The tweets and Facebook updates started Thursday, April 1, when I asked for prayer because I was in the ER with a great deal of pain. You know that silly scale they ask you to use to rate your pain with 1 being “so-so” and 10 being the worst pain you’ve ever been in? I placed my pain at about an 7-8. The reason I call that scale silly is we all have our own pain tolerances. Considering I’d had 17 surgeries and lots of other medical “stuff,” my pain tolerance is pretty high.
That night started what would become a 2.5 week stay in two different hospitals and two major, emergency surgeries. I got home two days ago and have about a one to two-month long recovery ahead of me. I’m writing this blog to not only help my self recollect and process what’s happened in recent weeks, but to provide a chronology for the many friends and family who have been praying for me so diligently. There’s many who have come in on the story midway and may not realize all of it. I will warn you that this will be long, probably gross and not a fun read. But it’s important to me to write this and you are welcome to continue reading!
The first ER visit
That first night in the ER they ran blood tests and a urine tests, which led them to believe that all I had was basically a bad bladder infection so I was sent home with pain meds and antibiotics. I’m a slightly nuts person who hates wasting time and money, so I continued on with a two-day garage sale that started the very next morning (2 hours after I got home from the ER). I am very blessed to have a friend who I had already hired to coordinate the garage sale, so she did most the work. When we shut down that early Friday afternoon, I went to bed in agony and slept almost until it was time to get up again for the next garage sale day. I spent that day in so much pain and my fever kept getting worse instead of better. Both my husband and I knew this couldn’t be a UTI and when my temperature was 102.6, we finally decided it was time to go back to the ER. We left the garage sale clean up to my friend and went to the ER. It was Saturday, April 3.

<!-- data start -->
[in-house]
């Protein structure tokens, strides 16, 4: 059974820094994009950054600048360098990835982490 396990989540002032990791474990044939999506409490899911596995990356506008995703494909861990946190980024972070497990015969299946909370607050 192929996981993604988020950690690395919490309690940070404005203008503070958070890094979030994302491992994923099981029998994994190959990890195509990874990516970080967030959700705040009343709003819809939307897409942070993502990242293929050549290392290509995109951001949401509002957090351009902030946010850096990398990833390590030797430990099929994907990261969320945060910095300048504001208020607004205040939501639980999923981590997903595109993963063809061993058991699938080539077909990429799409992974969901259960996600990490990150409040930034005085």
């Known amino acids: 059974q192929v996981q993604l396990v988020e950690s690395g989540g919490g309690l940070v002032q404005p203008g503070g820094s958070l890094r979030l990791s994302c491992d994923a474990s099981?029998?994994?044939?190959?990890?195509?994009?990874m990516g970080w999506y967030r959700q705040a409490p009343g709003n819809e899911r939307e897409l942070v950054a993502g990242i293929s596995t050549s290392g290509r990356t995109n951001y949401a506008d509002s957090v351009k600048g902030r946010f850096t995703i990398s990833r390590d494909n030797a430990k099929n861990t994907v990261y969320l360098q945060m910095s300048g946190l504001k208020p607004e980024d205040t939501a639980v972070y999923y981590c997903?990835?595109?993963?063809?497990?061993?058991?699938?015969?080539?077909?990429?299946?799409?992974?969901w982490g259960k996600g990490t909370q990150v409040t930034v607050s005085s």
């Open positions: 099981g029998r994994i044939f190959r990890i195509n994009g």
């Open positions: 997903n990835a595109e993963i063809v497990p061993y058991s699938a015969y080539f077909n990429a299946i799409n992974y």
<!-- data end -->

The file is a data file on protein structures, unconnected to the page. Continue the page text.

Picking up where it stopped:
ER Visit Numero Dos
The new doctor immediately ordered a CT scan of my abdomen and it showed two things: a hernia and what appeared to be a ruptured appendix. I was in surgery within 2-3 hours. Fortunately, they were able to perform the surgery laproscopically so I had only 3 tiny incisions. *Gross alert* It turns out that I was so septic and filled with infection that there was an area where I was going gangrenous. *Gross alert over*.
“Recovery” in the first hospital
After the appendectomy, the doctors were concerned about several things. For one, the infection had settled in the same area as my shunt tube. My shunt tube is something I’ve had since a child because of my birth defect. It pumps excess cerebral fluid away from my brain and it empties into my abdomen. It’s a very, very dangerous thing to get infected or have messed with in any way. Initial reports showed that it was fine, but this was continually monitored for the entire time I was in the hospital.